Mangaliso Sambo, a 24-year-old activist and secretary-general of the South African Destitute Ex-Miners Forum (SADEMF), held a guerilla Q&A session on Friday evening, 31 July 2020, to delve deeper into the principles that guide the collective.
The Jozi to Stellenbosch march
This follows after Sambo and 15 other activists marched by foot from Johannesburg to Stellenbosch to inspire change. The march was developed through an initiative by SADEMF, with Sambo saying that the Jozi to Stellenbosch march was a “manifestation of the 1976 movement in a post-democratic South Africa”.
“The Jozi2Stellenbosch collective out of sheer dedication, commitment and discipline uprightly rose to defend Azania together with her land, mineral resources and revolutionary gains on 16 June 2020”.
Now, 34 days since the launch of the campaign, Sambo and other activists are ready to go after their “immediate and most tangible systematic enemy,” located historically and currently in Stellenbosch: White monopoly capital.
The activists are now ready to take things to the next level after years of neglect, the lack of quality education and unemployment have forced the group to celebrate Youth Day a bit differently.
At the start of the march, Sambo said the activists are ready to take the fight “head on to the real engineer of suffering” in South Africa. “The hour of youth has struck, and we are forging forward”, he added.
Jozi to Stellenbosch Q&A session, 31 July 2020
The theme for this evening’s session addressed indoctrination. The Jozi to Stellenbosch activists look towards national heroes such as Veronica Sobukwe and Robert Sobukwe to advance the liberation protest of Black people in South Africa.
One of the activists reflected on Che Guevara’s conceptualisation of the different roles people play in a struggle. “Throughout this journey, we felt different intensities, those intensities were solidified today”, she added.
Another member said that even an ordinary person can be trained to fight indoctrination and added that the movement could be expanded by working with communities to raise awareness.
One of the members reflected on the movement by saying that it’s essential for a person to be physically fit as well as mentally liberated. She explained that without knowing why you’re in the struggle, a person could easily lose focus.
Watch: Jozi to Stellenbosch movement
The session host confirmed that now is the time to “confront the forces of oppression”, adding that the time for negotiation, protests, pickets and night vigils are over because there is no historical basis to prove those methods are effective.
It was also pointed out that society is indoctrinated, because “what you know, why you know it and how you knew it is informed by those who hold power in society”. Those things have been internalised over time. The movement said in a statement:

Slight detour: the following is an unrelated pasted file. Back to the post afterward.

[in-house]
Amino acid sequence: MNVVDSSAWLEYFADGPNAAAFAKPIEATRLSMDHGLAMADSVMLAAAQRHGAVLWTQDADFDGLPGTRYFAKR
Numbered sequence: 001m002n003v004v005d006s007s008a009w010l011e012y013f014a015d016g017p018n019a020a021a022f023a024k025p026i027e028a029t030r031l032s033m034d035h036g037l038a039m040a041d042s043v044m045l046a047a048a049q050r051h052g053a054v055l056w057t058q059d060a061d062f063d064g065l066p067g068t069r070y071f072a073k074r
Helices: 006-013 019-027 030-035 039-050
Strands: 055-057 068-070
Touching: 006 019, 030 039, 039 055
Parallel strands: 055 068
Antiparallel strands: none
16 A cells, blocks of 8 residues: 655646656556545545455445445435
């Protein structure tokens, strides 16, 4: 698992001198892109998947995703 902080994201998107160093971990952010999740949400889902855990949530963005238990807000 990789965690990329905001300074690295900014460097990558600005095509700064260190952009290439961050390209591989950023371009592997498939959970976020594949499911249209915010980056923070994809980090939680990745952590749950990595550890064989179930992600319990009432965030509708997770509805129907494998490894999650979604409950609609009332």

“In our lifetime, we have blatantly witnessed the brutality, killer instincts and greed-ridden white minority rule in our country led by a few families mainly Ruperts, Oppenheimer, Ackermans, Bekkers, le Rouxs, Bassons and Joostes, who collectively run their errands through companies like Remgro, Steinhoff, Anglo American, Shoprite, Pepkor, Naspers and Capitec that also share a majority in the JSE, controlled and uncontrolled mines, retail, food, fishing, essentials, medicine, tourism, manufacturing, media, investments, banking and farming.”
In addition, politicians, judges, accountants, NGOs and personalities have hidden millions offshore while South Africans and business suffer as a result of landlessness, exclusion, minority rule and servitude.
Questions were submitted via social media, and one user wanted to know what the movement’s take was on the corrupt government. One of the activists replied that the regime had proven over and over again that it does not operate for the people, but serve as an agent of white monopoly capital instead.
“To us, the government cannot be recognised until it is a government of the people. A government of the people is a government that won’t rest on political liberation, […] This government negotiated away the full liberation of the country through the Codesa negotiation.”
He explained that struggle activists pushed toward that moment for more than 40 years, yet when given the opportunity to change, the current government let the people of South Africa down. “It continues up to this day”, he added.
It is a continuous failure of the government to protect the people and the country’s resources. He added that the government still isn’t pushing for “compensation of land and the nationalisation of medical facilities owned by private monopolies”.
SA’s youth fully aware of its place in the fight for freedom
The movement calls on communities to continue with rapid land occupations across the country in the fight for better housing, better farming, better schools, access to water and electricity, mining and self-sustainability through Black power”.
In addition, the movement wants to point out that the youth today is “fully aware of its revolutionary place in society and its birthright patriotism”.
“The Jozi2Stellenbosch marchers are committed guerillas that have sworn at the grave of Tsietsi Mashinini, Lily Mthi, Kgotso Seathlolo, Hastings Ndlovu, Mangaliso and Veronica Sobukwe to fight side by side Black people and to never compromisingly turn back until the enemy retreats. We stand forward to charge the ruling white supremacists with subjecting Black people to concentration camps in the form of townships and exploitative labour extending across rural areas in the SADC region […] We the collective concluded that no amount of compensation, remuneration and grants will bring about justice, but only the conquering of white supremacist and racist minority rule and the reclaiming of our land and resources shall quench the everlasting thirst for justice by young guerillas.”